What do Severus Snape, Gollum, and Darth Vader all have in common? Besides being three of the most celebrated villains in science fiction and fantasy, that is?
The way I see it, there are two types of villains. The first type is like a natural disaster. This kind of villain personifies evil, with no redemptive qualities at all. He represents a force outside of the protagonists, powerful and relentless, that can’t be reasoned with or turned aside. We rarely see the story from his point of view. Voldemort is a villain of the first type, as is Sauron. But that’s not the type I like best.
I want to talk about the other kind of villain: the gray kind. This villain does bad things, even horrible things, but we can see into his soul. We understand him, even sympathize with him at some level. Perhaps he’s been hurt in the past, or got too greedy, or fell prey to temptation. We don’t condone the things he does, but we see some good in him, some possibility for redemption, or at least see his evil choices as tragic. More than the other kind, these are the villains that have depth. The ones we remember, sometimes long after we’ve forgotten the heroes. Occasionally, as in Walter White (Breaking Bad) or Frank Underwood (House of Cards), they even cross the line and become a kind of protagonist in their own right.
Two of my favorite villains in recent fiction fall squarely into this category: Geder Palliako (from Daniel Abraham’s Dagger and Coin series) and Gilbert Norrell (from Susannah Clarke’s Jonathan Strange and Mr. Norrell). Geder is like the kid that everyone makes fun of on the bus: he’s socially inept, awkward, and more interested in old books and maps than he is in people. He actually thinks he’s acting in the best interest of the empire, while committing genocide and throwing nations into war. Gilbert Norrell is a very different character, but in some ways the same: he’s refined where Geder is ill-mannered, dignified where Geder is bumbling, proud where Geder is self-effacing. But like Geder, he is manipulated by an evil power into giving the faults in his character full rein, and causing the destruction of far more than he realizes or is willing to admit.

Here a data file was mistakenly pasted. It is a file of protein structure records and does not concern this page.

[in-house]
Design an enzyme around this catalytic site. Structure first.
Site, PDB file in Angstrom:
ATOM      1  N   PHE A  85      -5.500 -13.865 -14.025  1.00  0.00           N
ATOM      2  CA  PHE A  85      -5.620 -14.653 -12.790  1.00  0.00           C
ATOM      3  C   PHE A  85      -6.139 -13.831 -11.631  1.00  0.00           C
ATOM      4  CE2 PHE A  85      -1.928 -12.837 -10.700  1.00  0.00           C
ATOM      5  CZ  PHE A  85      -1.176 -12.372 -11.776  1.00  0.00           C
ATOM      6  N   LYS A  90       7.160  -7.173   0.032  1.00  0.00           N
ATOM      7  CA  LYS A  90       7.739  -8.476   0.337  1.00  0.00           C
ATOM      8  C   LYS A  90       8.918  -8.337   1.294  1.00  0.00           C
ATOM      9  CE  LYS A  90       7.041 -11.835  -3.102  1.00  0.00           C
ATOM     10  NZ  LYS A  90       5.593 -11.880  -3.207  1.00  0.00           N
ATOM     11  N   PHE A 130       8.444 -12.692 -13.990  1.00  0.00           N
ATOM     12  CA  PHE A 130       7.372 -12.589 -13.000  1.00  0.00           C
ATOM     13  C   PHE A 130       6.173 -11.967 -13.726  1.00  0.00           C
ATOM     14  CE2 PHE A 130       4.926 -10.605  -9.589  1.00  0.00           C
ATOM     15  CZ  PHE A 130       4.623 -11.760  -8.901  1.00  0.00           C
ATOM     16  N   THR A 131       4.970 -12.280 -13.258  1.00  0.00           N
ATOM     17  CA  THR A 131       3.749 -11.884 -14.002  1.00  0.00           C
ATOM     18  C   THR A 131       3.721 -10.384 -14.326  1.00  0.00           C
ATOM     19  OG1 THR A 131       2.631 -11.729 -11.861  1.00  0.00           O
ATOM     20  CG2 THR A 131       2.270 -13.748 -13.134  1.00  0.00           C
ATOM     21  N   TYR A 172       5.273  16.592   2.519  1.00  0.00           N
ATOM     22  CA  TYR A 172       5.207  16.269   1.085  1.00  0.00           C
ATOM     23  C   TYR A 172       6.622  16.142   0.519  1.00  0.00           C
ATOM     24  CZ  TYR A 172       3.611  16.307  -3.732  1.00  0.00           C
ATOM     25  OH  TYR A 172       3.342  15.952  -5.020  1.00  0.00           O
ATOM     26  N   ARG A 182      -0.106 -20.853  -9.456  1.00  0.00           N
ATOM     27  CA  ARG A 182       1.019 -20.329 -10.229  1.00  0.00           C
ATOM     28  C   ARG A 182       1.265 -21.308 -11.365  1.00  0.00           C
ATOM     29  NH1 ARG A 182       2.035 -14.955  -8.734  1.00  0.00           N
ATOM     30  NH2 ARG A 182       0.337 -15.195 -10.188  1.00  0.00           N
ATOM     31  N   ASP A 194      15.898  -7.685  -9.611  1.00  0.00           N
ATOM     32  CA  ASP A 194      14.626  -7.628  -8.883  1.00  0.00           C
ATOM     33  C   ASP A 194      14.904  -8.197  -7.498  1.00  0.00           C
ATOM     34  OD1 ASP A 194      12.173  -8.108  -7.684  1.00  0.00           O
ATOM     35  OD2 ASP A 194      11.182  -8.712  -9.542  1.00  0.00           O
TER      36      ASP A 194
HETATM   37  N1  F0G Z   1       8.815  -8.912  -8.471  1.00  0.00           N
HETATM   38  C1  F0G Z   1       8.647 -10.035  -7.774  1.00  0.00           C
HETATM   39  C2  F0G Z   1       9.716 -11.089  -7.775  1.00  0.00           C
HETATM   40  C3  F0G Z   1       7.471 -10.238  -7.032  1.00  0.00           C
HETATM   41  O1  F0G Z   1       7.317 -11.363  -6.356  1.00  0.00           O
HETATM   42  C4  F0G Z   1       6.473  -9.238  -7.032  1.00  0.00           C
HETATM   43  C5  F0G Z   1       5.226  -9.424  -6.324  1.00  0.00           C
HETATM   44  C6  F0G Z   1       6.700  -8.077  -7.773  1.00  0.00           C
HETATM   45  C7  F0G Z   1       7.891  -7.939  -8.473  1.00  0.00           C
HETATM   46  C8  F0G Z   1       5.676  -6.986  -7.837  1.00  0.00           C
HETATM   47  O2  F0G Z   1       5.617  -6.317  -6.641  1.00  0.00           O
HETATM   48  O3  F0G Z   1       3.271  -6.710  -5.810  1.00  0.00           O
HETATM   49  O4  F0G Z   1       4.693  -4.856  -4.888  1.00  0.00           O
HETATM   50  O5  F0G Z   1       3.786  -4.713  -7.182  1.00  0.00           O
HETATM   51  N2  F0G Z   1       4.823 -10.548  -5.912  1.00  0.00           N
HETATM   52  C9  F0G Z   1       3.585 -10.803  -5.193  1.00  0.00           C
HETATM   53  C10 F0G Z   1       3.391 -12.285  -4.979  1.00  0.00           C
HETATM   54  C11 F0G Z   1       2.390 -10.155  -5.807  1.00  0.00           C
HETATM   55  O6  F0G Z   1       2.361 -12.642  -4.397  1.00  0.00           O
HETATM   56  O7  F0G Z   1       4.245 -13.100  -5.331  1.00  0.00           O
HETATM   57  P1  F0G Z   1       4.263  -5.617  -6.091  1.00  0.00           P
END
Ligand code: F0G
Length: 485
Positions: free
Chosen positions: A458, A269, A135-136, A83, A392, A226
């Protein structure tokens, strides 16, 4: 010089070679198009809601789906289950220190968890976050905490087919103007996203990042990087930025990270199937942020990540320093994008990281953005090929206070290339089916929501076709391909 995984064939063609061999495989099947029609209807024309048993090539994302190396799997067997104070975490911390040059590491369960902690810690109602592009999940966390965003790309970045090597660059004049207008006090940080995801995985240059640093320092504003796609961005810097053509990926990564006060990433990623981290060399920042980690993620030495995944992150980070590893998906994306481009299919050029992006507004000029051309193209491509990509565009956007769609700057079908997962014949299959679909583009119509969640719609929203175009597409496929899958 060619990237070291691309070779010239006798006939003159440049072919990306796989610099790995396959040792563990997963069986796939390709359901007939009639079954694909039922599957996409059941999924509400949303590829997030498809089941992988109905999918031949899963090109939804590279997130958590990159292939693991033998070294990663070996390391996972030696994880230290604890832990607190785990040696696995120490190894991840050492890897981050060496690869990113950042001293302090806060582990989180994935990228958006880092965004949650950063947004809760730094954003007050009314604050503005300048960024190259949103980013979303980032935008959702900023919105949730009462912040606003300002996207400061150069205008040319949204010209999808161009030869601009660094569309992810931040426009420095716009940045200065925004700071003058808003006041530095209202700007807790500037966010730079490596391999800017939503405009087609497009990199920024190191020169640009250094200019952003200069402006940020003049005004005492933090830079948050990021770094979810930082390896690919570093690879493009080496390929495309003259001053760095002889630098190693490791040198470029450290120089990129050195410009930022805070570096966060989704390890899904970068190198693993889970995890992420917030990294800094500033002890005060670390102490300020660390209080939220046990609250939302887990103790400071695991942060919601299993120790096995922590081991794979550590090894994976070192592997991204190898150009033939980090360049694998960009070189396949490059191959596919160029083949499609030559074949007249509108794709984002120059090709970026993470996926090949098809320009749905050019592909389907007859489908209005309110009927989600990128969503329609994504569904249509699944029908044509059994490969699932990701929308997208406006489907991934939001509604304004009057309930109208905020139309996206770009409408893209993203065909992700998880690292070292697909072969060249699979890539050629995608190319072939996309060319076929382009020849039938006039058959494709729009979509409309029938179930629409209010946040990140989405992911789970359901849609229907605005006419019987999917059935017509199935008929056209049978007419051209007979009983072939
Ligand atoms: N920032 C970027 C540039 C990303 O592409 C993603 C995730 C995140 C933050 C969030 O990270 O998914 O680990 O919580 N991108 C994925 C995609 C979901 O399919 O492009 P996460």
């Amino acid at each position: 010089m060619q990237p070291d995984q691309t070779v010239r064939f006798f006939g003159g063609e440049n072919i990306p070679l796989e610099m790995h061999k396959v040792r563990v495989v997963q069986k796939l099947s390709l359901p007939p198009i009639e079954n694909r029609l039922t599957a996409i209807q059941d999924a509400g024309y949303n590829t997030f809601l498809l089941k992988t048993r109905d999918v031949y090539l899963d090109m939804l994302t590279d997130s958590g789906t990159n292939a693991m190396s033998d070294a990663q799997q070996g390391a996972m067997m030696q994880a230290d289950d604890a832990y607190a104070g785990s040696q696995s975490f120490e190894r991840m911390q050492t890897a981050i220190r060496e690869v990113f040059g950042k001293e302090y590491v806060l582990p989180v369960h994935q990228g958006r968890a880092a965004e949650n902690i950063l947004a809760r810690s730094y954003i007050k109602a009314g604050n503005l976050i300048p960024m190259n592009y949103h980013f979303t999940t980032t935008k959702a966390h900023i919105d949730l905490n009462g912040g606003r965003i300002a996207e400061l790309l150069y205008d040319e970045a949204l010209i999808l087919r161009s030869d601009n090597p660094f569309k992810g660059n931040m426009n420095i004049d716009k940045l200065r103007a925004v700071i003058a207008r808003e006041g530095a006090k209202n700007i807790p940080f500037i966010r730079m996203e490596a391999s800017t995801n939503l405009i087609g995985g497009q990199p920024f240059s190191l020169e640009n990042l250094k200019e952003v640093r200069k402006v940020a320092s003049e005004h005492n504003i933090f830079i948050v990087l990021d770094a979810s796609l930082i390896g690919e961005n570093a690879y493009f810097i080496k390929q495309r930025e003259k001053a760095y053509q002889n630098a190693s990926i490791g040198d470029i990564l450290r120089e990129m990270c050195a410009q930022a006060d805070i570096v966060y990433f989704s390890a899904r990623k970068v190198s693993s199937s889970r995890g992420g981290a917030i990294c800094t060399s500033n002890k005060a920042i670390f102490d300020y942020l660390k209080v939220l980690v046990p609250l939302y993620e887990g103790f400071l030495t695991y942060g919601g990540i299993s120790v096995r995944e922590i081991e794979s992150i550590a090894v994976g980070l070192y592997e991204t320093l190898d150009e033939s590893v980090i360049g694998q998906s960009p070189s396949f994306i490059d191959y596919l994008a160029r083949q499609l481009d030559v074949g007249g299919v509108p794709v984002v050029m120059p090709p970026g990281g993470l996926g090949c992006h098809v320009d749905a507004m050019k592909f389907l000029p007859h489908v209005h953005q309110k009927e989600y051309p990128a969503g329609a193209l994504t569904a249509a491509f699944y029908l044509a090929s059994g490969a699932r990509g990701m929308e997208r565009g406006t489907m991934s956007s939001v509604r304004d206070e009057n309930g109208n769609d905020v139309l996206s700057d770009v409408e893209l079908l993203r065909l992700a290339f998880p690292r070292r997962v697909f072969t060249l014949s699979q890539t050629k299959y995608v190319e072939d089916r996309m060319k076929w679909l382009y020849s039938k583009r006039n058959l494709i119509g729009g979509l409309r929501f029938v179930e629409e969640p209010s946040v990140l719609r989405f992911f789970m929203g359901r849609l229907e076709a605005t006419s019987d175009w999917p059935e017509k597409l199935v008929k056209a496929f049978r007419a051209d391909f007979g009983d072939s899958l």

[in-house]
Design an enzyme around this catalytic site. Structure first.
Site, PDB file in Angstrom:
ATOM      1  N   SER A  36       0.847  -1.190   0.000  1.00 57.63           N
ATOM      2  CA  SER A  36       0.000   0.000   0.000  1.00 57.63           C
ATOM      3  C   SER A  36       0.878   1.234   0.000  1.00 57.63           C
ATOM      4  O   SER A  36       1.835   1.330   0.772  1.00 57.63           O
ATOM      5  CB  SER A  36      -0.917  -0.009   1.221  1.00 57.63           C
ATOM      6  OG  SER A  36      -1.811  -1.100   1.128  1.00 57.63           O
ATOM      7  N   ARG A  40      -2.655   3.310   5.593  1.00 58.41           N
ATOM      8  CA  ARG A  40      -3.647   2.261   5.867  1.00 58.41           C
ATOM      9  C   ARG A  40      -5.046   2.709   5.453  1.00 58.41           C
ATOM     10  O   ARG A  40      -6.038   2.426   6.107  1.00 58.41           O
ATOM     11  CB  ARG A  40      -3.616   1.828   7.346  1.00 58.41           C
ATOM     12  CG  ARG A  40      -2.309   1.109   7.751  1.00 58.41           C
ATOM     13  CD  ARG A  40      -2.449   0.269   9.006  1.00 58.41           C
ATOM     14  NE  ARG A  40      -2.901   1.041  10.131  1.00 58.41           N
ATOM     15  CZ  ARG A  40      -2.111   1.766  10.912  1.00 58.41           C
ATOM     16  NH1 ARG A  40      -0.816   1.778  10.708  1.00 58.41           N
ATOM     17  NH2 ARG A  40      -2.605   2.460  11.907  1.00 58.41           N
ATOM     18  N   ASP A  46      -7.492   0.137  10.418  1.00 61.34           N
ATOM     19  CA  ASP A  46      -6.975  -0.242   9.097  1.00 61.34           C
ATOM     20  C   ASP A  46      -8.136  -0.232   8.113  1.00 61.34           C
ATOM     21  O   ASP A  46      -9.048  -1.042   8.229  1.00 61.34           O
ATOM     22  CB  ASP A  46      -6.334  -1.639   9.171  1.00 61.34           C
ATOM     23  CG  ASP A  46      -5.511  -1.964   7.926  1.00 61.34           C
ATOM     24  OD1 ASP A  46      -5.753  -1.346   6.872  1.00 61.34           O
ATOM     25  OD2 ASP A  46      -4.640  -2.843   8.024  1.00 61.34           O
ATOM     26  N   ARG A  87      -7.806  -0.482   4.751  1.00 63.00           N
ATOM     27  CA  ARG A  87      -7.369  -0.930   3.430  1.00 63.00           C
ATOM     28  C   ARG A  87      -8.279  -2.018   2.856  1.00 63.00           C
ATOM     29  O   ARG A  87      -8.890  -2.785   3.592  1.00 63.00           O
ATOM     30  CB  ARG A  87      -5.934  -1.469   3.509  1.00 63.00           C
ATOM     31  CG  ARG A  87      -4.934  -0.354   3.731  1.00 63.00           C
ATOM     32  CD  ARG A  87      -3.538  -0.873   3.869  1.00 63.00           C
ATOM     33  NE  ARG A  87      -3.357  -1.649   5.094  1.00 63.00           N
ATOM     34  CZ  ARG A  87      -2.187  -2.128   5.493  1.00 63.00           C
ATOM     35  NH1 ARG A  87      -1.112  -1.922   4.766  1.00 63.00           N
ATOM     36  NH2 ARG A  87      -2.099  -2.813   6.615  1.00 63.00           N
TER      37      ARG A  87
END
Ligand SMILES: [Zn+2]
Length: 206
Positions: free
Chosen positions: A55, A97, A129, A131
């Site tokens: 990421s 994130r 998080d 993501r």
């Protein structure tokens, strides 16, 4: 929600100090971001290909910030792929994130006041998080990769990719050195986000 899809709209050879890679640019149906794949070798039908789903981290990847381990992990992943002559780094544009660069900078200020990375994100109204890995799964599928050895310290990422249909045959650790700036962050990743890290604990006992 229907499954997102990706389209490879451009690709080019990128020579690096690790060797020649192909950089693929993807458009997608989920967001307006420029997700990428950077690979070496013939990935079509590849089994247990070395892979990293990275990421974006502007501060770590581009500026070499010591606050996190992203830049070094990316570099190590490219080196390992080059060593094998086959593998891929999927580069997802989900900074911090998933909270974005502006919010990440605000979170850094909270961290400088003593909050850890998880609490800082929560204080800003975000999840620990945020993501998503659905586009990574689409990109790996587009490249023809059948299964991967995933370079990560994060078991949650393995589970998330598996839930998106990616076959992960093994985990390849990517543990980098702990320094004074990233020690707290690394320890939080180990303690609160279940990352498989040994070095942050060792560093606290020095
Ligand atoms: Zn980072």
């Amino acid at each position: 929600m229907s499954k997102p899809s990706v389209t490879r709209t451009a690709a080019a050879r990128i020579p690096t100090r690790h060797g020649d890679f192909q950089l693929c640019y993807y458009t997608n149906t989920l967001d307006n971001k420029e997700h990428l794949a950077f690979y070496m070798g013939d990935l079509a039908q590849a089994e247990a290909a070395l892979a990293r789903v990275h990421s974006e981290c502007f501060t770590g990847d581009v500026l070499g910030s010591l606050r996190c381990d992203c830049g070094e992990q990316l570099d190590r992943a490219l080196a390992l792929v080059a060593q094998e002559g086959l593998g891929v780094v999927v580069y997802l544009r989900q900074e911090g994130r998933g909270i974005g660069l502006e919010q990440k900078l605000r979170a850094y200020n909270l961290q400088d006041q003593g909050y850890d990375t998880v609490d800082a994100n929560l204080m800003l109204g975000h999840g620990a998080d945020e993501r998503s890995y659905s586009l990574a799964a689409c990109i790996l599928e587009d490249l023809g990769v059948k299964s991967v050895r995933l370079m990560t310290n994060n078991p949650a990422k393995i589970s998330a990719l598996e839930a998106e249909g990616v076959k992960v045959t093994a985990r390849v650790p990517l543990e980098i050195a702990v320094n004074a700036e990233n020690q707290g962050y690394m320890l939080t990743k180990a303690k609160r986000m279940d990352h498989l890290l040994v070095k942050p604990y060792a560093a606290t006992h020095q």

When I set out to write Supersymmetry, my second quantum physics thriller, I wanted to write a villain like that. I already had a villain of the first type, the incomprehensible killing quantum creature from the first book, Superposition. Supersymmetry is a new stand-alone story, and I wanted something new. I thought about my favorite villains from genre fiction, and I created Ryan Oronzi.
Oronzi is a brilliant physicist in love with his work. His life is strictly limited by his multiple phobias — fear of flying, fear of elevators, fear of just about any machine he didn’t design and build himself. He has few friends, and tends to alienate his coworkers, but they put up with him because of his genius. He invents a technology worth billions to the US government, powerful enough to make US troops invincible in the field. His fears and his loneliness make him vulnerable, however, susceptible to manipulation that his feelings of guilt aren’t enough to turn aside.
Villains aren’t all the same, and sometimes it’s the bad guy that makes a story stand out. If, like me, you find villains more compelling when they’re dressed in shades of gray, I hope you’ll give Supersymmetry a try!
David Walton is the author of the newly released SF thriller SUPERSYMMETRY. His other works include the quantum physics murder mystery SUPERPOSITION, Philip K. Dick Award-winning TERMINAL MIND, and historical fantasy QUINTESSENCE and its sequel, QUINTESSENCE SKY. You can read about his books and life here.
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